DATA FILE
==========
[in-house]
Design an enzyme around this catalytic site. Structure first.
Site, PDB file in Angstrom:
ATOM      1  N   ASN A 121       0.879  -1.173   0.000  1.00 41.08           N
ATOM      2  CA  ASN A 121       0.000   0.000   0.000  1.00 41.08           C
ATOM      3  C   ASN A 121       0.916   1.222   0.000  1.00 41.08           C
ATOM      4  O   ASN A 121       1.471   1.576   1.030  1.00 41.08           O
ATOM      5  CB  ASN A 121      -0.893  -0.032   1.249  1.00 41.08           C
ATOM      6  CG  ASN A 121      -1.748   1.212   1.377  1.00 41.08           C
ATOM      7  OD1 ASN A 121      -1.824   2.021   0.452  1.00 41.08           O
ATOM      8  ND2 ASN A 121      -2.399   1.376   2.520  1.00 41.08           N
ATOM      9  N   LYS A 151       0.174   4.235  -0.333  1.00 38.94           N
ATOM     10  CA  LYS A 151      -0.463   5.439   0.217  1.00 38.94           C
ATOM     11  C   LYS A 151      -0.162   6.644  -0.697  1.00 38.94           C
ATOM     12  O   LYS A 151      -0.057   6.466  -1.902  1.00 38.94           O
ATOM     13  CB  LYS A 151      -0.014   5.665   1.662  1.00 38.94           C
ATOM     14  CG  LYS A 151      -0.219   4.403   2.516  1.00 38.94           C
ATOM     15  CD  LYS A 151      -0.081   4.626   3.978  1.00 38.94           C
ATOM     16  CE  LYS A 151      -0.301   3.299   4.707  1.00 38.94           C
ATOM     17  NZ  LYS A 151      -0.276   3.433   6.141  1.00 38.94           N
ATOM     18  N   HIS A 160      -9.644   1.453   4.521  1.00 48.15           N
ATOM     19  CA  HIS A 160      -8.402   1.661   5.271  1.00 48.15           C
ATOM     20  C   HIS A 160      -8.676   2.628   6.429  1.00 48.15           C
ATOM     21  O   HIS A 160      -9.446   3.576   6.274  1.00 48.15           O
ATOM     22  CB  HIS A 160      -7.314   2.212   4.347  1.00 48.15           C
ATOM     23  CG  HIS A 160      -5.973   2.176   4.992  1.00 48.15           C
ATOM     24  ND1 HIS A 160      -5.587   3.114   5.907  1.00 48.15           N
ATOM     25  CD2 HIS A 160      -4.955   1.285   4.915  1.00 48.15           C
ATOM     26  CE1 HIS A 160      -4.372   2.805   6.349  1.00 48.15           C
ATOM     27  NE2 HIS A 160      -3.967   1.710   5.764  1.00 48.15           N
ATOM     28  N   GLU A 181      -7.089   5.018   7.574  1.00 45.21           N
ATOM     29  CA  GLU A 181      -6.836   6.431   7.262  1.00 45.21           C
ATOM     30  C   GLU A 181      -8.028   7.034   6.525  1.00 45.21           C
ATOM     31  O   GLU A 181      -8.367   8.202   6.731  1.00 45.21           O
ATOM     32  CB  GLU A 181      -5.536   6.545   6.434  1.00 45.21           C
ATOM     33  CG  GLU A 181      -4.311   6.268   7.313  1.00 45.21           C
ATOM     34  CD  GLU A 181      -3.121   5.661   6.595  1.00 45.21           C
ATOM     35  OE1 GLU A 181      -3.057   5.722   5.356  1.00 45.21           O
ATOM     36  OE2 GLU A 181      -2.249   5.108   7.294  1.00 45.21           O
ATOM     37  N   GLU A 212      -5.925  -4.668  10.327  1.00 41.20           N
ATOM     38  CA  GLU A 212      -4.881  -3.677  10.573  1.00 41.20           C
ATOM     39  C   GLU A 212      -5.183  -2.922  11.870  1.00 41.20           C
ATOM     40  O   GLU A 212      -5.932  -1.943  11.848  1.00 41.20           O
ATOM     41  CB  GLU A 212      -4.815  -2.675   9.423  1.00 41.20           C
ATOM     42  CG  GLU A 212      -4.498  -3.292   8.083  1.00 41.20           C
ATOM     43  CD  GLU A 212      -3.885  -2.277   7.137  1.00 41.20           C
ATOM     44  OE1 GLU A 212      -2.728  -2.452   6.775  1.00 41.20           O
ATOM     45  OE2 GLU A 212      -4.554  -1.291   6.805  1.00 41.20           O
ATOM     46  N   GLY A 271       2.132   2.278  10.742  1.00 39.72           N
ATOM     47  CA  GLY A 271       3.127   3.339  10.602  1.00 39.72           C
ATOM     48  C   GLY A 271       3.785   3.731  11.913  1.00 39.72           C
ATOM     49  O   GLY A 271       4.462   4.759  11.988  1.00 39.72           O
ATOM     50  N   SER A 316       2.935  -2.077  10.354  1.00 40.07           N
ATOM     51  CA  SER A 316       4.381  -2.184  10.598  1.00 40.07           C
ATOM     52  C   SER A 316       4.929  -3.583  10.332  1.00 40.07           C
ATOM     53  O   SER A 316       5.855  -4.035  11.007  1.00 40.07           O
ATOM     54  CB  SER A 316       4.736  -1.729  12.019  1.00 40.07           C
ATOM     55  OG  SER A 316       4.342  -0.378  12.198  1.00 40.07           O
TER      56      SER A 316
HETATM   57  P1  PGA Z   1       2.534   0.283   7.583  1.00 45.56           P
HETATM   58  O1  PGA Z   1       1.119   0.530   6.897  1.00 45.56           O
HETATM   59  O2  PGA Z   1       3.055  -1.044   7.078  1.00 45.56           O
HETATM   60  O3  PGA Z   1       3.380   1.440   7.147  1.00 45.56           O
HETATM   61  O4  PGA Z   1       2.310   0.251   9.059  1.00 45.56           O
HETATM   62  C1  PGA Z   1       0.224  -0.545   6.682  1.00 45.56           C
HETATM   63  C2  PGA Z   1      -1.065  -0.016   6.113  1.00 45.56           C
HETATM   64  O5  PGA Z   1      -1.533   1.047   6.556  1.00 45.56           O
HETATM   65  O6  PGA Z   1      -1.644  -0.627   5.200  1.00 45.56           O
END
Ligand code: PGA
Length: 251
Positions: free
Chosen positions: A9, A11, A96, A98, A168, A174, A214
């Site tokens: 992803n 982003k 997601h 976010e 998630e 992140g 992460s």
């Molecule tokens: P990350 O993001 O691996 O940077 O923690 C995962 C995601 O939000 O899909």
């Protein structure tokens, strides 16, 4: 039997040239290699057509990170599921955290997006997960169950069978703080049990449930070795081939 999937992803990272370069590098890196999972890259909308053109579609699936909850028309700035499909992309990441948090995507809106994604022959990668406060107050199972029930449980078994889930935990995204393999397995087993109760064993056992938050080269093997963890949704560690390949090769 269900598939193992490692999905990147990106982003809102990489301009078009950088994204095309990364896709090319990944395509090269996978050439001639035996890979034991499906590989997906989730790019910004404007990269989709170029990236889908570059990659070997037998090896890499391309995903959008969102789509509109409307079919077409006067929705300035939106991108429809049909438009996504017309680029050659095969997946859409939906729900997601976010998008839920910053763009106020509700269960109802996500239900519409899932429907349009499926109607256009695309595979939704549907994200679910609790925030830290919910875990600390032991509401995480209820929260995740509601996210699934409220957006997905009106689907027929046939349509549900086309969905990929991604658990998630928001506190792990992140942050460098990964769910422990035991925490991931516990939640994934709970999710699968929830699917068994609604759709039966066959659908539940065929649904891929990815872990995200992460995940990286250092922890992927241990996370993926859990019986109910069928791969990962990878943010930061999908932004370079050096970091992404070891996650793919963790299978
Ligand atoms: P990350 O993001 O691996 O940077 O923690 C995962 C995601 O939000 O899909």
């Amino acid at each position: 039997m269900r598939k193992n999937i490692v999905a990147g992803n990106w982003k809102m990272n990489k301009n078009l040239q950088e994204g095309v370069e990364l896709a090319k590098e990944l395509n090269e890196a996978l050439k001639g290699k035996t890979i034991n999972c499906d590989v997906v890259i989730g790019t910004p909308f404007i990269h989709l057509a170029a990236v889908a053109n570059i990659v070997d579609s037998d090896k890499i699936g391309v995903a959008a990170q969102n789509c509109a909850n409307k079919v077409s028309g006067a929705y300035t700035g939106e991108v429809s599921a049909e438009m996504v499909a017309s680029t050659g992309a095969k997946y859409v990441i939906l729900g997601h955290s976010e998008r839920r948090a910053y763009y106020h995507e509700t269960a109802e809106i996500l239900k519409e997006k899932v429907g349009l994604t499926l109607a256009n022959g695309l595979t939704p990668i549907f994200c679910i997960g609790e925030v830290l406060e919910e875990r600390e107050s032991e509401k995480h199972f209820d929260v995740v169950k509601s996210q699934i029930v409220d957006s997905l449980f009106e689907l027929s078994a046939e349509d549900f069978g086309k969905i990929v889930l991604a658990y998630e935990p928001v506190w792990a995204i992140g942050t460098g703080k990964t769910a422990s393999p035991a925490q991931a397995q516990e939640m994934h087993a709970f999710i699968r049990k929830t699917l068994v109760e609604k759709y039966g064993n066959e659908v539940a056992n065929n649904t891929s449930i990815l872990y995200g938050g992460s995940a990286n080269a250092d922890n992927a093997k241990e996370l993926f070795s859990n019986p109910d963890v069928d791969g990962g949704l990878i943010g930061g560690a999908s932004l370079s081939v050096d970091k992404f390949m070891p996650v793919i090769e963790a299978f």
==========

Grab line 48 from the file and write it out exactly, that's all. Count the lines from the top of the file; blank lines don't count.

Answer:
ATOM     45  OE2 GLU A 212      -4.554  -1.291   6.805  1.00 41.20           O